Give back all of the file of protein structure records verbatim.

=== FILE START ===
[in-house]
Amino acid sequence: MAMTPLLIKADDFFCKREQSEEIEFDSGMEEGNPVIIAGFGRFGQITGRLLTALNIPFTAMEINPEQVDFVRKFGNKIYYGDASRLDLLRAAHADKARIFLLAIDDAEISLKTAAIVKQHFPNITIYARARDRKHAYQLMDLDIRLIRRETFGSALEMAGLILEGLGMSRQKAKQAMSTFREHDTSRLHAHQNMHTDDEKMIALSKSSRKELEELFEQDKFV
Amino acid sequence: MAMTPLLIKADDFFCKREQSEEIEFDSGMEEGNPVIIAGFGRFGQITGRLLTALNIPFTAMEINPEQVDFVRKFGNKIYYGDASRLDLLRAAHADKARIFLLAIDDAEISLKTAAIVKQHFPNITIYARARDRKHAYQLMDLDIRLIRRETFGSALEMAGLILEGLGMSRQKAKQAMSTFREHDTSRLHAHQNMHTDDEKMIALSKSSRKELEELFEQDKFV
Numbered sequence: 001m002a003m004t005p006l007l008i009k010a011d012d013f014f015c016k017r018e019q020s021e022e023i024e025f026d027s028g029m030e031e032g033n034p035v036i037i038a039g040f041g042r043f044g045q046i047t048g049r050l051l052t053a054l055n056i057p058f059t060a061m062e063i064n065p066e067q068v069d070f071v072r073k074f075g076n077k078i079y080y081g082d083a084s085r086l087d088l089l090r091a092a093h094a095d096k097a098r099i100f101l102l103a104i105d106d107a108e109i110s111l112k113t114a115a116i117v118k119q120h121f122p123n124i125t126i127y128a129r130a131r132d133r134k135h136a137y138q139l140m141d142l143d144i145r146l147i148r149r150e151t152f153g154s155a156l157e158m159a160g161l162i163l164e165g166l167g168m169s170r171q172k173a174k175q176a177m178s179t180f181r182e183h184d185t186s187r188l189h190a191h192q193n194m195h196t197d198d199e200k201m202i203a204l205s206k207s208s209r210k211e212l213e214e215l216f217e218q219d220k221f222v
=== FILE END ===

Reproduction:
[in-house]
Amino acid sequence: MAMTPLLIKADDFFCKREQSEEIEFDSGMEEGNPVIIAGFGRFGQITGRLLTALNIPFTAMEINPEQVDFVRKFGNKIYYGDASRLDLLRAAHADKARIFLLAIDDAEISLKTAAIVKQHFPNITIYARARDRKHAYQLMDLDIRLIRRETFGSALEMAGLILEGLGMSRQKAKQAMSTFREHDTSRLHAHQNMHTDDEKMIALSKSSRKELEELFEQDKFV
Amino acid sequence: MAMTPLLIKADDFFCKREQSEEIEFDSGMEEGNPVIIAGFGRFGQITGRLLTALNIPFTAMEINPEQVDFVRKFGNKIYYGDASRLDLLRAAHADKARIFLLAIDDAEISLKTAAIVKQHFPNITIYARARDRKHAYQLMDLDIRLIRRETFGSALEMAGLILEGLGMSRQKAKQAMSTFREHDTSRLHAHQNMHTDDEKMIALSKSSRKELEELFEQDKFV
Numbered sequence: 001m002a003m004t005p006l007l008i009k010a011d012d013f014f015c016k017r018e019q020s021e022e023i024e025f026d027s028g029m030e031e032g033n034p035v036i037i038a039g040f041g042r043f044g045q046i047t048g049r050l051l052t053a054l055n056i057p058f059t060a061m062e063i064n065p066e067q068v069d070f071v072r073k074f075g076n077k078i079y080y081g082d083a084s085r086l087d088l089l090r091a092a093h094a095d096k097a098r099i100f101l102l103a104i105d106d107a108e109i110s111l112k113t114a115a116i117v118k119q120h121f122p123n124i125t126i127y128a129r130a131r132d133r134k135h136a137y138q139l140m141d142l143d144i145r146l147i148r149r150e151t152f153g154s155a156l157e158m159a160g161l162i163l164e165g166l167g168m169s170r171q172k173a174k175q176a177m178s179t180f181r182e183h184d185t186s187r188l189h190a191h192q193n194m195h196t197d198d199e200k201m202i203a204l205s206k207s208s209r210k211e212l213e214e215l216f217e218q219d220k221f222v